I’ve just realised I didn’t post a link to last week’s Patch Monday podcast, How can women win in IT? There it is now.
…were right about job-hopping. In the big chair:
Major companies no longer value long service by their workers… The poll of 32 national and international firms found that when defining a high-performing worker, 69 per cent rated “length of service” as least important or not even applicable…
“If you turn the clock back 10 or 15 years, length of service would have been seen as a significant attribute of high performance,” Mr Tipper [Jeremy Tipper, business development director of recruitment firm Alexander Mann Solutions] told AAP on Tuesday.
“The reason for that is they had a great deal of knowledge… about the organisation and a good understanding of what’s happening in the marketplace.
“Today, because information is so much more freely available because of technology, that ‘information is power’ probably doesn’t exist to the same extent.”
Mr Tipper said the new breed of workers was less “risk averse” — they were more prepared to change jobs and they were more aware of the value and portability of their skills.
Hat-tip to the Snarky Platypus. He even wrote the headline. He also has his own blog, but is too goddam lazy to post there. We must convince him to fix this.
[Update 10 March, 1030 AEDT: I’ve written a follow-up article which, while bound to piss off a few people, explains precisely why I’m so concerned about this issue. There’s also my first follow-up, written on the weekend.]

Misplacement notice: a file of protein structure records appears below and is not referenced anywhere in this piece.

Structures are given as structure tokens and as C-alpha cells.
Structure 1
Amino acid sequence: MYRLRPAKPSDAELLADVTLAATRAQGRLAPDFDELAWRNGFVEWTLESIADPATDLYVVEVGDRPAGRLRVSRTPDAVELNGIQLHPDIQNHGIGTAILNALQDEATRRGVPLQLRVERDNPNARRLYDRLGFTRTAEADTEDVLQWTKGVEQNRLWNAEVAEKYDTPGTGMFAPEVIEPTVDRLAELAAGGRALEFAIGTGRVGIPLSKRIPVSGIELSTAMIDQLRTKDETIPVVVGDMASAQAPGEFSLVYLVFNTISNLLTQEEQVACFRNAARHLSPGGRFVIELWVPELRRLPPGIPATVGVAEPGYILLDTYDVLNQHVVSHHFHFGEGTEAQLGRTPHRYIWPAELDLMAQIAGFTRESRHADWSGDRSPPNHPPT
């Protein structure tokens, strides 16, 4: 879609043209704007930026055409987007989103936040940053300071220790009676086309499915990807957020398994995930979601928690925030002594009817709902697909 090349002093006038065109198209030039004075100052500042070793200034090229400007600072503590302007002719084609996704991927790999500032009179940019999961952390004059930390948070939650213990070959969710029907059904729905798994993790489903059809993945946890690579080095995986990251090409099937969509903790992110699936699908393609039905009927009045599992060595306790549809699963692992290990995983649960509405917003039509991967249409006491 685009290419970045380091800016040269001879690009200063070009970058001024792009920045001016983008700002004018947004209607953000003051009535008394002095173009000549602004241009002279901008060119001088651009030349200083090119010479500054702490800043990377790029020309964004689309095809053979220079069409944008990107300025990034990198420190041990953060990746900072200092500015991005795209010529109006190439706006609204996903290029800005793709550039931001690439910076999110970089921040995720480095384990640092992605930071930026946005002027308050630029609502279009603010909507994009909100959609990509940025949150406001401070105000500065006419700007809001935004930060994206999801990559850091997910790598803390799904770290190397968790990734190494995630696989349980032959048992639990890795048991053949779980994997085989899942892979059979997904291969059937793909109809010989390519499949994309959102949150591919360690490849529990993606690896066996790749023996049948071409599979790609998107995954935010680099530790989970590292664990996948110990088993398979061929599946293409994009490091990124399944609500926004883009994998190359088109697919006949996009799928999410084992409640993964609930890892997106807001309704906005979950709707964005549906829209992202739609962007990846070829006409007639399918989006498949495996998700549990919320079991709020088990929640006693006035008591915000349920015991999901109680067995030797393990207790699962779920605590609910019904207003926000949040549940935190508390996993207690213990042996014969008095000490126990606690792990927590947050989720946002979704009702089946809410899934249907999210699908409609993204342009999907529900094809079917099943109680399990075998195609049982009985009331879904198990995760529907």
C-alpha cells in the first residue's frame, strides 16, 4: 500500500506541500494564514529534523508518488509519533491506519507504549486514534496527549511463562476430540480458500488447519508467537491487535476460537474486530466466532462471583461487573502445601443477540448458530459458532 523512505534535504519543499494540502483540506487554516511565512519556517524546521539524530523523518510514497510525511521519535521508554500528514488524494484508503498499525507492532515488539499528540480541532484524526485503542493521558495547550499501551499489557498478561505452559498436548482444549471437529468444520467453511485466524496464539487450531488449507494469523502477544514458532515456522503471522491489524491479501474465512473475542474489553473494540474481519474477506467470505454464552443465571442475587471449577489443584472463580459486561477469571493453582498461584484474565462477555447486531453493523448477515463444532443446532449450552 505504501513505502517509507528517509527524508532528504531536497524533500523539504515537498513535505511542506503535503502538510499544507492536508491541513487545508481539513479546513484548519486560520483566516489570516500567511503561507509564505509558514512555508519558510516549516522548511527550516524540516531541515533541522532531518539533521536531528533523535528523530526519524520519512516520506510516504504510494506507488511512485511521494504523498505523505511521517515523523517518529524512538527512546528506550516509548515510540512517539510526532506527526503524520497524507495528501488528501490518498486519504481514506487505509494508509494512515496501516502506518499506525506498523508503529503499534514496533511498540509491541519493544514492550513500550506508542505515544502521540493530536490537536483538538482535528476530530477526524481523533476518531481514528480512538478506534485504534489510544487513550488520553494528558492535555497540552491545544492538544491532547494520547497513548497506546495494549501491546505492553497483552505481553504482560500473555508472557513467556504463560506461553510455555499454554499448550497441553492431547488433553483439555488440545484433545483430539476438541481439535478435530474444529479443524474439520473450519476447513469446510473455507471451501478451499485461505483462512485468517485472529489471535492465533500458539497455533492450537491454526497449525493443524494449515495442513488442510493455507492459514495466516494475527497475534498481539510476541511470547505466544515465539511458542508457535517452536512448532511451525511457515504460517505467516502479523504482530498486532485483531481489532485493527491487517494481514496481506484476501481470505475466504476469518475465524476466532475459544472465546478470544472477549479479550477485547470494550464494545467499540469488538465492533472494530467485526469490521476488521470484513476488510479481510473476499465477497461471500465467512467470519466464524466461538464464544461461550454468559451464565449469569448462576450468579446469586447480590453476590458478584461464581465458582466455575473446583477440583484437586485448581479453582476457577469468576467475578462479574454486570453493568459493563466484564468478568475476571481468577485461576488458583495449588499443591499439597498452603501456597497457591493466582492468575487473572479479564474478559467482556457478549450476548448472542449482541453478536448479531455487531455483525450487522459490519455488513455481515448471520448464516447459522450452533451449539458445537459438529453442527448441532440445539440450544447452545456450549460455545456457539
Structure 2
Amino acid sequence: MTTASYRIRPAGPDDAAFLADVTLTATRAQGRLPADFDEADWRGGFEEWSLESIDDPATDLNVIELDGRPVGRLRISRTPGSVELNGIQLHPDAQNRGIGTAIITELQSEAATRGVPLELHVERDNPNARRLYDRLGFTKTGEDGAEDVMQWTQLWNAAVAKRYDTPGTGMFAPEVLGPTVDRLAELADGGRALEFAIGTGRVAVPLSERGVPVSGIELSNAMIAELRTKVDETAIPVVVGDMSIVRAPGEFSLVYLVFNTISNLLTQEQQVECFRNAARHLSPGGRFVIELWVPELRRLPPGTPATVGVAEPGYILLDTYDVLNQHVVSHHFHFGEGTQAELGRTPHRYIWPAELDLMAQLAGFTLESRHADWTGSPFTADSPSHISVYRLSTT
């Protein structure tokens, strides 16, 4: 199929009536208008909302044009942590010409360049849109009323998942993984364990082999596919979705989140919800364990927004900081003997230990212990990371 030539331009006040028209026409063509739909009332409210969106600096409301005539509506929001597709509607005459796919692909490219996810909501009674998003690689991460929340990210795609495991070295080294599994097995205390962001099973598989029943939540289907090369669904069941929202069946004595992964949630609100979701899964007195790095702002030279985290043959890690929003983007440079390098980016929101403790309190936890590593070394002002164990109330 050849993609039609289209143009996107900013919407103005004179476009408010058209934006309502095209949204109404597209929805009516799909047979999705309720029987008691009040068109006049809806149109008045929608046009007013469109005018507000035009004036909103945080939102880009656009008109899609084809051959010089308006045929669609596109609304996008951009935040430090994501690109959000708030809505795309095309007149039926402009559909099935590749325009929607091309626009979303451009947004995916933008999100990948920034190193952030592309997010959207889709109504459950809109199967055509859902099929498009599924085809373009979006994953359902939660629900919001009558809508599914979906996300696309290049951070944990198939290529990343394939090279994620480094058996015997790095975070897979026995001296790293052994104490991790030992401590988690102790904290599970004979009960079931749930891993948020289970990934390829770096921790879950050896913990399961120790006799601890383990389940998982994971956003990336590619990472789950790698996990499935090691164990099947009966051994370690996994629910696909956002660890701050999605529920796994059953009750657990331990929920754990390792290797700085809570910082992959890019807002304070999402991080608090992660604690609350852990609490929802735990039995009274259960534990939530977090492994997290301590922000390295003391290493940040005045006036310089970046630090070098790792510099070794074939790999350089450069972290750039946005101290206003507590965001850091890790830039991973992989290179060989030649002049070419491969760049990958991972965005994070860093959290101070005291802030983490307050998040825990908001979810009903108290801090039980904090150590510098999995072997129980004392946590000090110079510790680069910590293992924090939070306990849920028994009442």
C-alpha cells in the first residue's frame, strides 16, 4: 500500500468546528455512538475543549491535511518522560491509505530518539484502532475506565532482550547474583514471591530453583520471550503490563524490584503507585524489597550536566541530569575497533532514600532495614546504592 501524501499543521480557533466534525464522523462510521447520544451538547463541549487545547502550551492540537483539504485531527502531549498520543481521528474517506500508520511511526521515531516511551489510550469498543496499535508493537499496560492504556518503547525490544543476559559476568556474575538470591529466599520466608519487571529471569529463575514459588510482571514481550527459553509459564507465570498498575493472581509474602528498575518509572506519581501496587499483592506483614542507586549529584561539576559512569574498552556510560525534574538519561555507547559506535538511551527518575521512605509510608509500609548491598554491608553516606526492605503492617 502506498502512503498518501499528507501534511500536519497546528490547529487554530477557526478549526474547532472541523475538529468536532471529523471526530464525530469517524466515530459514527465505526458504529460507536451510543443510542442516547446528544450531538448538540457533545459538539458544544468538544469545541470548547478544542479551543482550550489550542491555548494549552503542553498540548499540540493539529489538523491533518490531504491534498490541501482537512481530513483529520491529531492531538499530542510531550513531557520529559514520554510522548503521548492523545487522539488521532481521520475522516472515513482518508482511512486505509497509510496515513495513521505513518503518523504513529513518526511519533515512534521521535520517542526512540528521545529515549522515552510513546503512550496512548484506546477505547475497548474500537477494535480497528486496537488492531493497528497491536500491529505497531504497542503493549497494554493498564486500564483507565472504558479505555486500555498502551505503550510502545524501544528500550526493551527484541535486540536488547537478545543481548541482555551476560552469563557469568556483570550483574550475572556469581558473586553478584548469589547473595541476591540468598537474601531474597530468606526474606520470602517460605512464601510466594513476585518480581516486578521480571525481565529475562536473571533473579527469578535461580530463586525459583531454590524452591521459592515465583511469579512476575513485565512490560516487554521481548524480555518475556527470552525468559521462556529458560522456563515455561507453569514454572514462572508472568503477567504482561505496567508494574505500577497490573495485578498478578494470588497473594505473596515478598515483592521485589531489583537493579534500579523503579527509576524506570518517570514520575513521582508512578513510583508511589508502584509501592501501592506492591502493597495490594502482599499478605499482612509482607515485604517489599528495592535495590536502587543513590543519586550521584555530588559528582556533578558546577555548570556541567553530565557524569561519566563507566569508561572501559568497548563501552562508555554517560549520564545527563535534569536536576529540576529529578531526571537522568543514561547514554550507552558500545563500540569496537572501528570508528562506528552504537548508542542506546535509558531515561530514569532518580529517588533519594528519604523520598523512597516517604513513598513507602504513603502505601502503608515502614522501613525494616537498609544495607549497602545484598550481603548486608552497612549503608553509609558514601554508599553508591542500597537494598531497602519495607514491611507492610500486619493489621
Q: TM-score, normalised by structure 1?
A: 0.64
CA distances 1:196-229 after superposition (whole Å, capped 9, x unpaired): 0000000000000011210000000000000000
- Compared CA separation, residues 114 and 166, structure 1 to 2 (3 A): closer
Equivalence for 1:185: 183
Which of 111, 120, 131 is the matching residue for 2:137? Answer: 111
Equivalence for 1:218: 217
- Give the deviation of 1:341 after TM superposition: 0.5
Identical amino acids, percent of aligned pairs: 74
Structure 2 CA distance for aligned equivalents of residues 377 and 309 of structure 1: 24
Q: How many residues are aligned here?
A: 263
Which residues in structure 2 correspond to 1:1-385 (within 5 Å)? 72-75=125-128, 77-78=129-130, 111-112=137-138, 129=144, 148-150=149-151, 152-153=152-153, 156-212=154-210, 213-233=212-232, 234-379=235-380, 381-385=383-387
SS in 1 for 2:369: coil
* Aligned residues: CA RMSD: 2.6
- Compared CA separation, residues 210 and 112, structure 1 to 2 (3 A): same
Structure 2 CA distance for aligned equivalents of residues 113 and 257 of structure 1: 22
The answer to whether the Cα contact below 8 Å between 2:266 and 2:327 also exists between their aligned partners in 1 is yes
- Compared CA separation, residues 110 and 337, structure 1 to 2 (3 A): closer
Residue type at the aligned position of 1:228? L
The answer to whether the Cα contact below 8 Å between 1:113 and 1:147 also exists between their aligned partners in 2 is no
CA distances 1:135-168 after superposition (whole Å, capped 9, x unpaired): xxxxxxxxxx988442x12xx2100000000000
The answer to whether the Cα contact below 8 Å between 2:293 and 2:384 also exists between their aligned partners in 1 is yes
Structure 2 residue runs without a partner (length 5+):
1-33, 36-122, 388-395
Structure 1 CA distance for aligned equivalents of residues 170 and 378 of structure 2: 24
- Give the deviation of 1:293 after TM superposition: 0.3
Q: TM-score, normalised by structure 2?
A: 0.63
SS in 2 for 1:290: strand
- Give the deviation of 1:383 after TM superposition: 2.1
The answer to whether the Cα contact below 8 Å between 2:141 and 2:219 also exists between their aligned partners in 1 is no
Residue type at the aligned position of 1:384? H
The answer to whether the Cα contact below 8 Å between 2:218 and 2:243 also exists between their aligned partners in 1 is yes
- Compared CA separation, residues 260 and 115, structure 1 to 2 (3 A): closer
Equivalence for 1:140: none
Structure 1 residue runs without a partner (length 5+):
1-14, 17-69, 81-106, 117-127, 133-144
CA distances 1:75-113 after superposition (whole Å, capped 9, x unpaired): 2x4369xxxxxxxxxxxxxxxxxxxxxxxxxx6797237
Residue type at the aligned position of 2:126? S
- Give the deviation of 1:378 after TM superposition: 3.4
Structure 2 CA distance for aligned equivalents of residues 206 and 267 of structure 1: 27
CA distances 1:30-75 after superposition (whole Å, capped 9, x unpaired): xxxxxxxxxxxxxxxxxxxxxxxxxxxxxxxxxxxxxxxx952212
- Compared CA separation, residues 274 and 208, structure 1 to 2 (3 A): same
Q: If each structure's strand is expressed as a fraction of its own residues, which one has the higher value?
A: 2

“Chalk and cheese” is how I’d describe two approaches to staff management I stumbled across this week. One treats staff as trusted contributors to a shared enterprise, the other as disposable work-droids from which you squeeze every last effort.
Jason Calacanis (pictured) has started various firms, including Mahalo, a “human-powered search engine”. (Don’t worry, I’d never heard of it either.) In How to save money running a startup (17 really good tips) there are some good tips — like outsourcing accounting and worrying more about good chairs than tables. But to paraphrase the bad ones:
- Hold meetings at lunchtime so people never get a mental break from work.
- Don’t provide phones so staff have to use their own.
- If someone shows signs of working hard, buy them a computer for home so they end up working nights and weekends too.
- Buy a good coffee machine — not because you’d like to give your employees good coffee, but to prevent them “wasting time” getting it from a nearby barista.
But that’s not the worst…